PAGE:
+   task.fail_on_error = false
+ end

  task :run do
    ruby 'lib/cool_program.rb'
  end

  task :test do
    ruby 'test/cool_program_test.rb'
  end

It's my personal preference to run the linter and the tester by default, but not fail on lint errors. Season to taste.

Optional - Add a GitHub Action

I host almost all my code on GitHub and have become a fan of GitHub Actions. Using YAML, you can have GitHub automatically run your tests whenever you commit or open a PR. Create a new file at <project root>/.github/workflows/ruby.yml:

name: Ruby

on:
  push:
    branches: [ master ]
  pull_request:
    branches: [ master ]

jobs:
  build:

    runs-on: ubuntu-latest

    steps:
    - uses: actions/checkout@v2
    - name: Set up Ruby 2.7
      uses: actions/setup-ruby@v1
      with:
        ruby-version: 2.7.x
    - name: Build and test with Rake
      run: |
        gem install bundler
        bundle install --jobs 4 --retry 3
        bundle exec rake

You can tweak each step very easily here - the commands specified will get run and if everything completes without errors, you get a green check mark. Sweet! Using rake allows this file to stay concise, and then you'd be able to manage changes to your structure in your Rakefile without having to worry about this file at all.

Add a README and stuff

We're just about done, but you should always include a README:

# ruby_project

The coolest dang program that you ever did see.

## Dependencies

* [Ruby](https://www.ruby-lang.org/en/).  Written with version [2.7.0](https://www.ruby-lang.org/en/news/2019/12/25/ruby-2-7-0-released/) - *[docs](https://docs.ruby-lang.org/en/2.7.0/)*.

## Usage

Install deps: `gem install bundler && bundle install`.  Run `bundle exec rake` to run the tests, or `bundle exec rake run` to run the program.

Add a .gitignore:

*.gem
*.rbc
/.config
/coverage/
/InstalledFiles
/pkg/
/spec/reports/
/spec/examples.txt
/test/tmp/
/test/version_tmp/
/tmp/

## Environment normalization
/.bundle/
/vendor/bundle
/lib/bundler/man/

# Used by RuboCop. Remote config files pulled in from inherit_from directive.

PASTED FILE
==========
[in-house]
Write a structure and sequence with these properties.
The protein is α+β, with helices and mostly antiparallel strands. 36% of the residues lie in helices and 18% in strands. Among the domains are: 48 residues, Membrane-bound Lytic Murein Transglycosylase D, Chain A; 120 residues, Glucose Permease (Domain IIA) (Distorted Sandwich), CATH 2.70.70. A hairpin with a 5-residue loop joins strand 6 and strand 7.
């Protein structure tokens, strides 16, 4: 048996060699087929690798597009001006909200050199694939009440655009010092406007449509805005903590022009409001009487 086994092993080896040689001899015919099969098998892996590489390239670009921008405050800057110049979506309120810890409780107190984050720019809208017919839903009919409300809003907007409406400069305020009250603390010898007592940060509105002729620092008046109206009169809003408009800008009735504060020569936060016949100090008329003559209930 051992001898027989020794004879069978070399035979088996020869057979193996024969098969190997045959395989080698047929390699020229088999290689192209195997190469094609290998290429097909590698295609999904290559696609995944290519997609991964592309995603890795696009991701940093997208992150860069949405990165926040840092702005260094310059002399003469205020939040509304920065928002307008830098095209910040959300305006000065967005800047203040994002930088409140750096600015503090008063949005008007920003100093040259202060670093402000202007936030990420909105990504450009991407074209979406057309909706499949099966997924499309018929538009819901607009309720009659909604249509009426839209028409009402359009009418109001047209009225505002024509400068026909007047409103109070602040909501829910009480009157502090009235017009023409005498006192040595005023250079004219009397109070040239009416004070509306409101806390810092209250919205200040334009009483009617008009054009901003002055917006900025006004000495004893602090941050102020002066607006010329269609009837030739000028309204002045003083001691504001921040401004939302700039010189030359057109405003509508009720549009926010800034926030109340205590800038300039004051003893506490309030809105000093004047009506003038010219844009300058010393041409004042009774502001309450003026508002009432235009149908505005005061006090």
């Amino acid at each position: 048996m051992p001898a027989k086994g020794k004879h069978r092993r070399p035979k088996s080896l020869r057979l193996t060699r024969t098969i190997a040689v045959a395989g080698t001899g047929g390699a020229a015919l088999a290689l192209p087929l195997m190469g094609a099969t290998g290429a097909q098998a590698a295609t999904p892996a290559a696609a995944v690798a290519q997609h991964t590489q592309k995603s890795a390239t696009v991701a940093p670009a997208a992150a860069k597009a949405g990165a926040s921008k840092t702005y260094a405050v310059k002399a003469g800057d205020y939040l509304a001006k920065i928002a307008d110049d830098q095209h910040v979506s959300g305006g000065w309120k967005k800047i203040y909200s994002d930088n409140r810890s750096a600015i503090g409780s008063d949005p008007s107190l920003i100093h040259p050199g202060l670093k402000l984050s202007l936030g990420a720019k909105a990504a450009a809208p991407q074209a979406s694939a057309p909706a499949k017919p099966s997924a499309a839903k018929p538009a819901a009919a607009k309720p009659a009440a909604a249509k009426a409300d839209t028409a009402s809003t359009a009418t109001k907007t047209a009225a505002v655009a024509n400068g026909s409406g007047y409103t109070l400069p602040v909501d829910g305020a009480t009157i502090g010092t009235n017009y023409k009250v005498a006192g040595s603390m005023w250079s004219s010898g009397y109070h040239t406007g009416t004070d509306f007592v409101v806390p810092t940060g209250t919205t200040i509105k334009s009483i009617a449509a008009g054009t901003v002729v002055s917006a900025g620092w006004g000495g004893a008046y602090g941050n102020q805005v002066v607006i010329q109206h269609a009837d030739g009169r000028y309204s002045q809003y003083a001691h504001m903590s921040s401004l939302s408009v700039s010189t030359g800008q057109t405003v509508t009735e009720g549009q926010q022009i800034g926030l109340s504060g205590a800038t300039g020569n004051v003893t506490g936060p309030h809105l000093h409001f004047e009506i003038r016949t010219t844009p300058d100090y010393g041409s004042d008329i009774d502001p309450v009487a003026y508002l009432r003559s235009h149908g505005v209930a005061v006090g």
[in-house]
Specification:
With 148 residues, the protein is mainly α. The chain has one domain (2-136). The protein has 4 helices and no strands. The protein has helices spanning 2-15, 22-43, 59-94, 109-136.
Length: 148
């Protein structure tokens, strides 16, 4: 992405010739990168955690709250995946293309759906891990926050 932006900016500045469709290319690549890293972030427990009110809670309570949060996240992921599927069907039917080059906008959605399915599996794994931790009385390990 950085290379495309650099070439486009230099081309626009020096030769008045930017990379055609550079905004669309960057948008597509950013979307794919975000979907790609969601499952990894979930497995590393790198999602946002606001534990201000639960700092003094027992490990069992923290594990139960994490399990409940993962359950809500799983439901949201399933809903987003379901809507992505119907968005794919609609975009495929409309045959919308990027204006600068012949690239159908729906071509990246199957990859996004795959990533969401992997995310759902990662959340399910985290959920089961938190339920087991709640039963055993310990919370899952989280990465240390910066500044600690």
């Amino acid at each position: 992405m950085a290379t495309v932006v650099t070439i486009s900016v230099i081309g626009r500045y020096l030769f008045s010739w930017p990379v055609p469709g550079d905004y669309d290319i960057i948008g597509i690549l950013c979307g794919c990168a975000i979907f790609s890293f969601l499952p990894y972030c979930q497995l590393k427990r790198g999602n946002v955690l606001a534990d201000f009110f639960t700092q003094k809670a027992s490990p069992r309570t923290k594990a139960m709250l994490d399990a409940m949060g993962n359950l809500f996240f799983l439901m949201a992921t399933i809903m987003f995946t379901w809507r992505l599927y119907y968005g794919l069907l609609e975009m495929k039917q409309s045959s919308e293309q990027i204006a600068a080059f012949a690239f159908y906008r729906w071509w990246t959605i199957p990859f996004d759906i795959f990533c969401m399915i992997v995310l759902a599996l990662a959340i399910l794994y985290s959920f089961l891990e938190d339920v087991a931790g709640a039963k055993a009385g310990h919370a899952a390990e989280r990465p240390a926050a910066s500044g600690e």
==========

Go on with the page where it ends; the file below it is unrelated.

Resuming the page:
.rubocop-https?--*

You should probably add a LICENSE file, too - here's the BSD-3-Clause:

Copyright 2020 Coolness McAwesome

Redistribution and use in source and binary forms, with or without modification, are permitted provided that the following conditions are met:

1. Redistributions of source code must retain the above copyright notice, this list of conditions and the following disclaimer.

2. Redistributions in binary form must reproduce the above copyright notice, this list of conditions and the following disclaimer in the documentation and/or other materials provided with the distribution.

3. Neither the name of the copyright holder nor the names of its contributors may be used to endorse or promote products derived from this software without specific prior written permission.

THIS SOFTWARE IS PROVIDED BY THE COPYRIGHT HOLDERS AND CONTRIBUTORS "AS IS" AND ANY EXPRESS OR IMPLIED WARRANTIES, INCLUDING, BUT NOT LIMITED TO, THE IMPLIED WARRANTIES OF MERCHANTABILITY AND FITNESS FOR A PARTICULAR PURPOSE ARE DISCLAIMED. IN NO EVENT SHALL THE COPYRIGHT HOLDER OR CONTRIBUTORS BE LIABLE FOR ANY DIRECT, INDIRECT, INCIDENTAL, SPECIAL, EXEMPLARY, OR CONSEQUENTIAL DAMAGES (INCLUDING, BUT NOT LIMITED TO, PROCUREMENT OF SUBSTITUTE GOODS OR SERVICES; LOSS OF USE, DATA, OR PROFITS; OR BUSINESS INTERRUPTION) HOWEVER CAUSED AND ON ANY THEORY OF LIABILITY, WHETHER IN CONTRACT, STRICT LIABILITY, OR TORT (INCLUDING NEGLIGENCE OR OTHERWISE) ARISING IN ANY WAY OUT OF THE USE OF THIS SOFTWARE, EVEN IF ADVISED OF THE POSSIBILITY OF SUCH DAMAGE.

At the end, your directory should look like this:

$ tree
.
|____Gemfile.lock
|____.gitignore
|____.github
| |____workflows
| | |____ruby.yml
|____Gemfile
|____LICENSE
|____Rakefile
|____test
| |____cool_program_test.rb
|____README.md
|____lib
| |____cool_program.rb

Finally, git init && git add . && git commit -m "Initial commit". Happy hacking!

If you don't feel a pressing need to do this from scratch, you can just use this GitHub template with the code from this post.

Photo by Jukan Tateisi on Unsplash

Discussion

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citizen428 profile image
Michael Kohl

I find the easiest way to start a new Ruby project is bundler gem, even when not actually writing a gem. It also follows Ruby conventions, i.e. a lib folder instead of src.

This is how you do it:

You can then just delete foo.gemspec πŸ˜€

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deciduously profile image
Ben Lovy Author

Aha - note to self, read all the docs. Thanks!

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daviddalbusco profile image
David Dal Busco

Funny that we both published today kind of a "how to setup a project" post πŸ˜‰ (yours being obviously way more detailed and expensive than mine, great job πŸ‘)

Thank you for the share, I should give it try one of these days!

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deciduously profile image
Ben Lovy Author

It's a child...you know, a beginner at the beginning of something.